As I prepared for those sessions, I looked into the connections between learning and student-faculty rapport.
For those who are impatient to know whether rapport can enhance student learning, I’ll go straight to my findings: unsurprisingly, research to date has not been able to draw a direct link between rapport and learning.
Though strong faculty-student rapport may not ’cause’ enhanced learning, it helps create conditions conducive to learning.
The literature I reviewed consistently reports that faculty-student rapport results in:
- higher student motivation
- increased student participation in class
- perceptions of increased program quality (from the students’ perspective)
- greater course satisfaction among students
- enhanced communication and understanding between students and faculty members
(Frisby & Martin, 2010; Granitz, Koernig & Harich, 2009; McInnis Brown & Starrett, 2017; Wilson & Ryan, 2012)
The above is a compelling list of reasons to pay attention to this aspect of teaching and learning!
Below are the slides I developed for the panel sessions; for anyone interested, there is an extensive list of references at the end. You can view the entire slide deck by clicking on the link below the image. Please note that you are welcome to use and modify these slides (with attribution).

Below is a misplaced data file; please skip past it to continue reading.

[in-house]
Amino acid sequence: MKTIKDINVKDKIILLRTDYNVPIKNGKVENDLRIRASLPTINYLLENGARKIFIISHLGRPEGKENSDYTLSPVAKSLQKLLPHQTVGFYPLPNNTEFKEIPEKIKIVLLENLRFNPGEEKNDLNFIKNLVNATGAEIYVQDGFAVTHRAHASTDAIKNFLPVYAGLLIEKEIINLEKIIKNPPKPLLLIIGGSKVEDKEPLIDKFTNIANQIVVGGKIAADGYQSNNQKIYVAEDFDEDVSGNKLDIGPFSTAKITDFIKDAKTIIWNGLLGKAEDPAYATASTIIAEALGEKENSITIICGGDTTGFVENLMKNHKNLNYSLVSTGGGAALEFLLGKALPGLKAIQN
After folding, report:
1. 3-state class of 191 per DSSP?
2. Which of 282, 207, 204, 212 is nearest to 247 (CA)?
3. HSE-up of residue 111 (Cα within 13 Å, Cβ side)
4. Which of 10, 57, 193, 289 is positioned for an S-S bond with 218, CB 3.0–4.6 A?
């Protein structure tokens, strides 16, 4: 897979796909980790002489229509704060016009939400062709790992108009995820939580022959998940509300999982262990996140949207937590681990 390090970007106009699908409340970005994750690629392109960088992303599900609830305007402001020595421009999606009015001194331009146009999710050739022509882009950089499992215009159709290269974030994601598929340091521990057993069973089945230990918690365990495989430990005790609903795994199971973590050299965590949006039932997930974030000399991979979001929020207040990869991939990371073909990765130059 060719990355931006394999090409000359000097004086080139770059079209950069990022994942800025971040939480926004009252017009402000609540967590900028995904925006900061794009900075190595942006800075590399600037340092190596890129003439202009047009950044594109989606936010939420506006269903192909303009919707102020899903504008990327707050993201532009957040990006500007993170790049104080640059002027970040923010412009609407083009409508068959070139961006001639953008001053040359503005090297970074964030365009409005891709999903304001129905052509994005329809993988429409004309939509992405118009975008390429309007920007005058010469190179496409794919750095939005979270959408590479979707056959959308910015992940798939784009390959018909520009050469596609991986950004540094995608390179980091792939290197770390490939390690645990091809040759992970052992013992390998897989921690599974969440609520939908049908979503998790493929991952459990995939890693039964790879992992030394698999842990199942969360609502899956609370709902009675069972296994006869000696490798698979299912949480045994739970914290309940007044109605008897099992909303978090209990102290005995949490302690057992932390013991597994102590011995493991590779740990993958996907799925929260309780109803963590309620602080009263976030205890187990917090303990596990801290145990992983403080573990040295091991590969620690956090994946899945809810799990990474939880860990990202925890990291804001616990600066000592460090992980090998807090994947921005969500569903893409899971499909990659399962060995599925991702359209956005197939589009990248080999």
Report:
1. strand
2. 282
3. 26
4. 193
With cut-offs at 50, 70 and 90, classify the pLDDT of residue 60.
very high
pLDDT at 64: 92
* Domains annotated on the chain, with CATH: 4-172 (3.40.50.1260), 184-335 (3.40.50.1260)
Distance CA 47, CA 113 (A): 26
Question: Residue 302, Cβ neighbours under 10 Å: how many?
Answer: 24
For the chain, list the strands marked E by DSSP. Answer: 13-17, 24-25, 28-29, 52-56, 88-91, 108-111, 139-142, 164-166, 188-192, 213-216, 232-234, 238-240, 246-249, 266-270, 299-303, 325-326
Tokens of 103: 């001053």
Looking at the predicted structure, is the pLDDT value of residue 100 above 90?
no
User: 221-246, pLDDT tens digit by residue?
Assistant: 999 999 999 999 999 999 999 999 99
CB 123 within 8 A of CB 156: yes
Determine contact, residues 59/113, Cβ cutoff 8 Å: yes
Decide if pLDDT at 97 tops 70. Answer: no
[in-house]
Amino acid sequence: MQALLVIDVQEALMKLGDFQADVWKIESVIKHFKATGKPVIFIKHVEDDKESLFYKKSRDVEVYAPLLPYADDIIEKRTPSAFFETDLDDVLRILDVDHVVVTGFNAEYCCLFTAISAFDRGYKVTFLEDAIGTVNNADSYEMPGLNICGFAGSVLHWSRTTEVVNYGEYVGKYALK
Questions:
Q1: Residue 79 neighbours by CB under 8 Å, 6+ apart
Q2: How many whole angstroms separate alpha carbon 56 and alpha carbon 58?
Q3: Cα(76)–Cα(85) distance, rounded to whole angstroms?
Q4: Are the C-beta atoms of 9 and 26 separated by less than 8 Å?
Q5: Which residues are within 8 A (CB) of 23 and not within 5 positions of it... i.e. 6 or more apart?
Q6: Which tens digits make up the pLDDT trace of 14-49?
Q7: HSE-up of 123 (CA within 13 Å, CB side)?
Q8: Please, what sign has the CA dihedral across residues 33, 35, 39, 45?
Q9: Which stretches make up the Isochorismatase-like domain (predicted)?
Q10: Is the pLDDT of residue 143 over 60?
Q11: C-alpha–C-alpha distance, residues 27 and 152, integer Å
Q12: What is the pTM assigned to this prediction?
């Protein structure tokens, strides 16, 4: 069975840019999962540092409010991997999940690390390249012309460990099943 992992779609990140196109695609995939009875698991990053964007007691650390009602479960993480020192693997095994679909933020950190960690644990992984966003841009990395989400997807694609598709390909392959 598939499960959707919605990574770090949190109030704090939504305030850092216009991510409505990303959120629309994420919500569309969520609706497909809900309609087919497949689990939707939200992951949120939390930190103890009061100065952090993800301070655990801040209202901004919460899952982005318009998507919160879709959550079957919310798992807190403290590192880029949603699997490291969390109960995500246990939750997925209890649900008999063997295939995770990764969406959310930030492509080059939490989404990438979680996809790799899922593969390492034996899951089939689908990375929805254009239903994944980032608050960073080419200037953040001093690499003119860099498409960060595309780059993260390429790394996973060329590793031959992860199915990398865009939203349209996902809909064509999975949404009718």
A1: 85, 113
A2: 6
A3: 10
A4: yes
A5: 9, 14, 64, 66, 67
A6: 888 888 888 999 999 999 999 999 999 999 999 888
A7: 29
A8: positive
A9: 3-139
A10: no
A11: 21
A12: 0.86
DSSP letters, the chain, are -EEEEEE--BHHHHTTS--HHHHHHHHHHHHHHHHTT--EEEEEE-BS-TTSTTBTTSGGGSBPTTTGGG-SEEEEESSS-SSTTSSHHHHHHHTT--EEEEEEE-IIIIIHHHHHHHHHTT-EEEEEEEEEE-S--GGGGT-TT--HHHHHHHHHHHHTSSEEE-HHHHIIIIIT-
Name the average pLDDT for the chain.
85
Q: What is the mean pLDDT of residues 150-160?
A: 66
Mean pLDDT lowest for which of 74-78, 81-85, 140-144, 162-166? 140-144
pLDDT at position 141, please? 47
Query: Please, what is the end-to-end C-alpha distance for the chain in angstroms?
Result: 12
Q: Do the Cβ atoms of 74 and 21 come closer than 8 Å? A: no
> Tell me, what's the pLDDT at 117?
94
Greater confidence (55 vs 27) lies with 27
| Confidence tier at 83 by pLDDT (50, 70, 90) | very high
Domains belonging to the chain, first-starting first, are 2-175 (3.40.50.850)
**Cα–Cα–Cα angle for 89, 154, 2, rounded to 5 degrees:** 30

Frisby, B. N., & Martin, M. M. (2010). Instructor–student and student–student rapport in the classroom. Communication Education, 59(2), 146-164.
Granitz, N. A., Koernig, S. K., and Harich, K. R. (2009). Now it’s personal: Antecedents and outcomes of rapport between business faculty and their students. Journal of Marketing Education, 31 (1), 52-65.
McInnis Brown, M. & Starrett, T. (2017). Fostering student connectedness: Building relationships in the classroom. Retrieved from: https://www.facultyfocus.com/articles/teaching-and-learning/fostering-student-connectedness-building-relationships-classroom/
Wilson, J. & Ryan, R. (2012). Developing student-teacher rapport in the undergraduate classroom. In W. Buskist & V.A. Benassi (Eds.) Effective College and University Teaching: Strategies and Tactics for the New Professoriate, 81-90 Thousand Oaks, CA: Sage Publications.
Photo Credit: https: //flic.kr/p/8MYPZi. Professor MaryCarol Huner and Katie Dennis discuss her 3-D model of “Daily Domestic Arguments” by Leonardo Dudreville